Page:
- Equality Act
- Protected characteristics
It is against the law to discriminate against someone because of a protected characteristic.
What are protected characteristics?
It is against the law to discriminate against someone because of:
- gender reassignment
- marriage and civil partnership
- pregnancy and maternity
- religion or belief
- sexual orientation
These are called protected characteristics.
A person belonging to a particular age (for example 32 year olds) or range of ages (for example 18 to 30 year olds).
See our advice and guidance on age discrimination.
A person has a disability if she or he has a physical or mental impairment which has a substantial and long-term adverse effect on that person's ability to carry out normal day-to-day activities.
See our disability advice and guidance section.
The process of transitioning from one sex to another.
See our advice and guidance on gender reassignment discrimination.
Marriage and civil partnership
Marriage is a union between a man and a woman or between a same-sex couple.
Same-sex couples can also have their relationships legally recognised as 'civil partnerships'. Civil partners must not be treated less favourably than married couples (except where permitted by the Equality Act).
See our advice and guidance on marriage and civil partnership discrimination.
Pregnancy and maternity
Pregnancy is the condition of being pregnant or expecting a baby. Maternity refers to the period after the birth, and is linked to maternity leave in the employment context. In the non-work context, protection against maternity discrimination is for 26 weeks after giving birth, and this includes treating a woman unfavourably because she is breastfeeding.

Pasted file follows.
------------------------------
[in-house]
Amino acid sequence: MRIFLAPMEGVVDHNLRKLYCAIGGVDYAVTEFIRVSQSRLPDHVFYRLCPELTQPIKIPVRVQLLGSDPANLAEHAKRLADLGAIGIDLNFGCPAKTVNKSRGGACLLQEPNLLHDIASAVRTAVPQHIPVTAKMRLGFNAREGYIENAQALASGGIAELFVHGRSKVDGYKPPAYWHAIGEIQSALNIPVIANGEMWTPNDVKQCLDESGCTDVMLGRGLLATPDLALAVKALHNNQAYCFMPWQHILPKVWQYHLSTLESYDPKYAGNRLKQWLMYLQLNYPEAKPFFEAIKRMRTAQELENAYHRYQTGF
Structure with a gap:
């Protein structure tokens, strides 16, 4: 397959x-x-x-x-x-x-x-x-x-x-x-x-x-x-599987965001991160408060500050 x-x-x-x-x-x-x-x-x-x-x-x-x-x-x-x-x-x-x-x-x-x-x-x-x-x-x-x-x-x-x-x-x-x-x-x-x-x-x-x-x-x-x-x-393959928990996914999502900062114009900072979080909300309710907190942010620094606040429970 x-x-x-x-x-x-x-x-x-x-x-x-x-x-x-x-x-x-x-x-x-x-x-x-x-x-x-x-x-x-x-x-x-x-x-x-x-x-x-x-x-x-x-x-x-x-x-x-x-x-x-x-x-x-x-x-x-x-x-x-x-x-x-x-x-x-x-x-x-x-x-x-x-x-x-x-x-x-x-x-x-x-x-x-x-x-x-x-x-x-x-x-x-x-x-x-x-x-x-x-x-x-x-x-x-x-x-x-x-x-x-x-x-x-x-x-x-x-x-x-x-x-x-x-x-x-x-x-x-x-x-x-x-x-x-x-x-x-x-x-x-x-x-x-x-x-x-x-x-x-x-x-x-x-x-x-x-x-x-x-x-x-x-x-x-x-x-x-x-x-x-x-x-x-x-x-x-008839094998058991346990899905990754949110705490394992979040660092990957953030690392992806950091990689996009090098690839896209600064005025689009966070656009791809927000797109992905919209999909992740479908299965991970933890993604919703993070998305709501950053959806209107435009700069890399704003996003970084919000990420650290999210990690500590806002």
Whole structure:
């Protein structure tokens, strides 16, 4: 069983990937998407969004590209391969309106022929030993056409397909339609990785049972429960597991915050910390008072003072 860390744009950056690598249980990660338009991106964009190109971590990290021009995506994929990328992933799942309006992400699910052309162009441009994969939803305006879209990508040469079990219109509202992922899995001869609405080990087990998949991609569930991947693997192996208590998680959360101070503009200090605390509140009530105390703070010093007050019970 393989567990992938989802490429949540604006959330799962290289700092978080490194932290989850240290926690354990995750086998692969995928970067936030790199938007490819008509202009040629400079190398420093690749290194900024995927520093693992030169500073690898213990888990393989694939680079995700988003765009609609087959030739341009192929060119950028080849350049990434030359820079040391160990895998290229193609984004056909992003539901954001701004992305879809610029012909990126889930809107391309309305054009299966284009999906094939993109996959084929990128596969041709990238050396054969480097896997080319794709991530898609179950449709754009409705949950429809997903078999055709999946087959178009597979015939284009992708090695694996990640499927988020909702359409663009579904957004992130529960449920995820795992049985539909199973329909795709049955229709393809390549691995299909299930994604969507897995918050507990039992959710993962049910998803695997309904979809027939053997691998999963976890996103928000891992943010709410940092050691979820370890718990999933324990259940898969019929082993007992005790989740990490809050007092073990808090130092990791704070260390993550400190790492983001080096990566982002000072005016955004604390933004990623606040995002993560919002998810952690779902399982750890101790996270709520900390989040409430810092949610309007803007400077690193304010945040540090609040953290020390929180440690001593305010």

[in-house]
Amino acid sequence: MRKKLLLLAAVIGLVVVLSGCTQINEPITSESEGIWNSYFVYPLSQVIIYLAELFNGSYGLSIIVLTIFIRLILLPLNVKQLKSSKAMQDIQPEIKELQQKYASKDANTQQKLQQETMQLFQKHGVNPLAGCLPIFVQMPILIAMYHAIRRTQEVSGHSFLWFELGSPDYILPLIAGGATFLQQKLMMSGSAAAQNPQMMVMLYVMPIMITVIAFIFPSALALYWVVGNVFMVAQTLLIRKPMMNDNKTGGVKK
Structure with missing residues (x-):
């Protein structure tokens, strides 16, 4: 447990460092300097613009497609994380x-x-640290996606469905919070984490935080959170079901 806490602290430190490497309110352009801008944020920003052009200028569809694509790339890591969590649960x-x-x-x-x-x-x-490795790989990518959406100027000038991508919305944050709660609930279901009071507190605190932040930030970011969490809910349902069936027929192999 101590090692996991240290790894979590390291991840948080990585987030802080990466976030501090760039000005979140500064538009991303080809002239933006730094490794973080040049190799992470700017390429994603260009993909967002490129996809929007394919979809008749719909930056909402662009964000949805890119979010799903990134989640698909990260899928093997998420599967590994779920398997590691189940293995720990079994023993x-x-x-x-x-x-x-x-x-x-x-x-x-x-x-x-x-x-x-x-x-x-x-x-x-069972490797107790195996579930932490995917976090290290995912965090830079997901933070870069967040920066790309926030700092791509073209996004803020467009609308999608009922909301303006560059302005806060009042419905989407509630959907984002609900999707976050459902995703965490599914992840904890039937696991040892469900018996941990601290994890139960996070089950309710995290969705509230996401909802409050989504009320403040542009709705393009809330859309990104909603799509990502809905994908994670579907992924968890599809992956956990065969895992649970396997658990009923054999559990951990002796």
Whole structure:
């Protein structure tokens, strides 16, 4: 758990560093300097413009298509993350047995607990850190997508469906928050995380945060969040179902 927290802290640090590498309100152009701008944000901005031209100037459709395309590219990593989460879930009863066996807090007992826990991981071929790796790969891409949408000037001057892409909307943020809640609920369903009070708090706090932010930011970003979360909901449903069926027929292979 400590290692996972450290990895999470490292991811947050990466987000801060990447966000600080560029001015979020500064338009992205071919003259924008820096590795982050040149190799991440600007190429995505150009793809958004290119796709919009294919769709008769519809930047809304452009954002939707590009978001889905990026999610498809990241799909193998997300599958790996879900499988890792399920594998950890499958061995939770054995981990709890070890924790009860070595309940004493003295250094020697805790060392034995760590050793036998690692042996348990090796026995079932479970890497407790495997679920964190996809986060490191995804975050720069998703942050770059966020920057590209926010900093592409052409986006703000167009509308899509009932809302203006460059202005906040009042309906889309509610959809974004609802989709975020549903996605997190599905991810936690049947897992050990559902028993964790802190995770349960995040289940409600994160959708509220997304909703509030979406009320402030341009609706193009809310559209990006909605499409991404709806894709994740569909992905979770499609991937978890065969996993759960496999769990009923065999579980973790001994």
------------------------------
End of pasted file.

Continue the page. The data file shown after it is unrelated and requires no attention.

Find out more about our work on pregnancy and maternity in the workplace.
Refers to the protected characteristic of race. It refers to a group of people defined by their race, colour, and nationality (including citizenship) ethnic or national origins.
See our advice and guidance on race discrimination.
Religion and belief
Religion refers to any religion, including a lack of religion. Belief refers to any religious or philosophical belief and includes a lack of belief. Generally, a belief should affect your life choices or the way you live for it to be included in the definition.
See our guidance on religion or belief at work.
Whether a person's sexual attraction is towards their own sex, the opposite sex or to both sexes.
See our advice and guidance on sexual orientation discrimination.
Find out more about the Equality Act 2010, which provides the legal framework to tackle disadvantage and discrimination.
Last updated: 06 Jul 2021